poetry

 
 

FINDING WITHOUT LOOKING BY CAROL BARBOUR

A copy of Caravaggio’s Deposition
in the Chiesa Nuova
is too dark to see.

 

CUY BY ELANA WOLFF

Guinea-pig whole and splayed on the plate.                     
The room they put you down in
bright, table-banter light. 

 

TWO POEMS BY MALLORY TATER

This fear of death, it must be green. I see it
often, wrapped around her finger, a laurel film, 
translucent, kind of pretty, darkened in dishwater
on days she can’t be brave.

 

MICRO MACRO BY JACQUELINE VALENCIA

The fly on my windowsill
crawls towards a hot sunbeam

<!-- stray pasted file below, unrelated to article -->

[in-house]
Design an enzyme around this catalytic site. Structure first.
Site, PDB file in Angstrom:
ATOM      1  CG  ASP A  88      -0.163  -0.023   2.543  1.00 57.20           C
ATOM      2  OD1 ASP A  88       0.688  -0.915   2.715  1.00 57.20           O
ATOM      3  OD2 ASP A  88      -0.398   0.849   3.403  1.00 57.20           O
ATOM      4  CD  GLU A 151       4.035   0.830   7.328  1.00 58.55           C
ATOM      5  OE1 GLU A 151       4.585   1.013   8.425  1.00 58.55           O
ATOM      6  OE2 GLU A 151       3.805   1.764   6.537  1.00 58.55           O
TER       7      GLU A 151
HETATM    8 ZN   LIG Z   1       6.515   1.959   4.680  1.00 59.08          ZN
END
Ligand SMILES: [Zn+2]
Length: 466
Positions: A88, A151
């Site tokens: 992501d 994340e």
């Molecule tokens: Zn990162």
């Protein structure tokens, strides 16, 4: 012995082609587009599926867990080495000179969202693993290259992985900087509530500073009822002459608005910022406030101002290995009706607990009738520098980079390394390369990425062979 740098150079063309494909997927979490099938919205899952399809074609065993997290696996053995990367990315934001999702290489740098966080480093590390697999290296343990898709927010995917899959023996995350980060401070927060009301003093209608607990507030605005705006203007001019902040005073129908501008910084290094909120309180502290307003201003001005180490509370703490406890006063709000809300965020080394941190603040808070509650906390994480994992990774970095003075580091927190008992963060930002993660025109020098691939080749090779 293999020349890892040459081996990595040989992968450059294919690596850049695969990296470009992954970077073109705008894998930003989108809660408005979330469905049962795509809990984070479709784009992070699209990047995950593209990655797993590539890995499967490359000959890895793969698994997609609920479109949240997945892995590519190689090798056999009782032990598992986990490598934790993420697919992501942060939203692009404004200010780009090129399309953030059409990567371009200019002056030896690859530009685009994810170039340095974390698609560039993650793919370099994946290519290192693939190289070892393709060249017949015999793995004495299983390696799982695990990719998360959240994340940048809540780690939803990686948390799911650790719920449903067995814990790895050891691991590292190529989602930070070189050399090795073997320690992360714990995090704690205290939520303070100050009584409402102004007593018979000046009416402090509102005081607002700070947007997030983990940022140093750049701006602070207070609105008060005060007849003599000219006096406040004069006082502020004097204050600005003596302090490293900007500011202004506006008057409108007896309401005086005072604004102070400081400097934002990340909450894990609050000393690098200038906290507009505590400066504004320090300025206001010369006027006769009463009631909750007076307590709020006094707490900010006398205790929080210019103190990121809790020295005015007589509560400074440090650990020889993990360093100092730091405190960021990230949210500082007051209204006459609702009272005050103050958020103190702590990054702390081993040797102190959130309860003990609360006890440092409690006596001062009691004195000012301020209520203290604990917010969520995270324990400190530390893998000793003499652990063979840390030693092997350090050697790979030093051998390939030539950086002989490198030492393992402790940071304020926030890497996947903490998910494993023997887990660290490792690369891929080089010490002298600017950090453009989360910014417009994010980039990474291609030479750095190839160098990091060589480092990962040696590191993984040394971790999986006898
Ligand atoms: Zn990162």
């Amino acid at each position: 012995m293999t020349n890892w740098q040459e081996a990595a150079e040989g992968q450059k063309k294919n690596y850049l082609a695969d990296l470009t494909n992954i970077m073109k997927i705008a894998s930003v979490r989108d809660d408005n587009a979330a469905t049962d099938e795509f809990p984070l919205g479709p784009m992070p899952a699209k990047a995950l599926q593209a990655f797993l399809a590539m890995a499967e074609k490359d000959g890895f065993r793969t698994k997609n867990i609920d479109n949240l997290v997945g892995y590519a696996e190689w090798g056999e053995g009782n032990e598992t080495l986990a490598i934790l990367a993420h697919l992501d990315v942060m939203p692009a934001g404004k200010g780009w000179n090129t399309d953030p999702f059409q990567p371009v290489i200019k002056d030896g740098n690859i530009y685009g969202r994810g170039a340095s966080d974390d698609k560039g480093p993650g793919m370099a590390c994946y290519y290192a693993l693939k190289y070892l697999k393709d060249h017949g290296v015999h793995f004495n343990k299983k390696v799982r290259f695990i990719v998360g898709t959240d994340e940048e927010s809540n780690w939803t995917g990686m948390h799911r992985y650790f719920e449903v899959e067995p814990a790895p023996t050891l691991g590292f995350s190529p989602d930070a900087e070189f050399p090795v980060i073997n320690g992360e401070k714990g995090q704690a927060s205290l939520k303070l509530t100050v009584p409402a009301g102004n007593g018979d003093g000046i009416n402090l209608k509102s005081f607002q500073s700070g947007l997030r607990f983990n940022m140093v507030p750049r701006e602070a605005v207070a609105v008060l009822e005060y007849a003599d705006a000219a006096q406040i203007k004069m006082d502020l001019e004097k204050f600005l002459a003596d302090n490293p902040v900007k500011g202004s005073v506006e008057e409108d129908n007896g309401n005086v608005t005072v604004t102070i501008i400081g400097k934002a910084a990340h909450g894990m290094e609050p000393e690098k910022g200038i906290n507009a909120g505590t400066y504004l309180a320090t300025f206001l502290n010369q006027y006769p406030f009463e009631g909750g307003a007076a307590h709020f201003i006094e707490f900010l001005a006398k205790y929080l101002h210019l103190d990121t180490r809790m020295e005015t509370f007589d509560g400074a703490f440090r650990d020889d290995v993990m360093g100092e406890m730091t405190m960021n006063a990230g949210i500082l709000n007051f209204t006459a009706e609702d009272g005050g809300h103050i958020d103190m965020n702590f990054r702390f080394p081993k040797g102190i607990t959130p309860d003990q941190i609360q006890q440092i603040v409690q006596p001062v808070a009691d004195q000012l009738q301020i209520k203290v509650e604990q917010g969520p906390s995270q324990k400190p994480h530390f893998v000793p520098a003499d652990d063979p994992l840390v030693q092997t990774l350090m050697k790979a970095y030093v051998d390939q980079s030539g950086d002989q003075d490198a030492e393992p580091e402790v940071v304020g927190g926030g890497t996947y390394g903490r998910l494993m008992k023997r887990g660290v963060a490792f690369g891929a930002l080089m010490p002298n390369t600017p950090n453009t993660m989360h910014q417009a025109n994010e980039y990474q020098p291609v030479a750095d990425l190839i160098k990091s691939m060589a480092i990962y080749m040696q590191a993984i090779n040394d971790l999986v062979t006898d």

between the dried raindrops

 

CANADIAN NOVELIST: A RETROSPECTIVE BY CATRIONA WRIGHT

strands of hair
across her spines
only to come back
years later to find
the grey intact. 

 

TWO POEMS BY TANIS MACDONALD

It’s too late to rename NASA’s lunar program but never too late to wonder why it was called Apollo and not Diana
It’s too late to be the kind of boy who grows up to be an astronaut
It’s too late to be any kind of boy
                          (girls can be anything but first they should be quiet)

 

THE RECEIVER BY SHARON THESEN

How would we know they were happy?
we might ask.
A tan.

 

TWO POEMS BY SONIA DI PLACIDO

A row of cedars speak in tongues,
“Ah, what’s for dinner?
I am coming out of mourning”

 

KOOKEE BY JULIE MORRISSY

I really beat up on some cookie dough today
battered it with a wooden spoon
historically I find them hard to hold
the rough unfinished handle
feels like some crusty piece of felt that was left to rot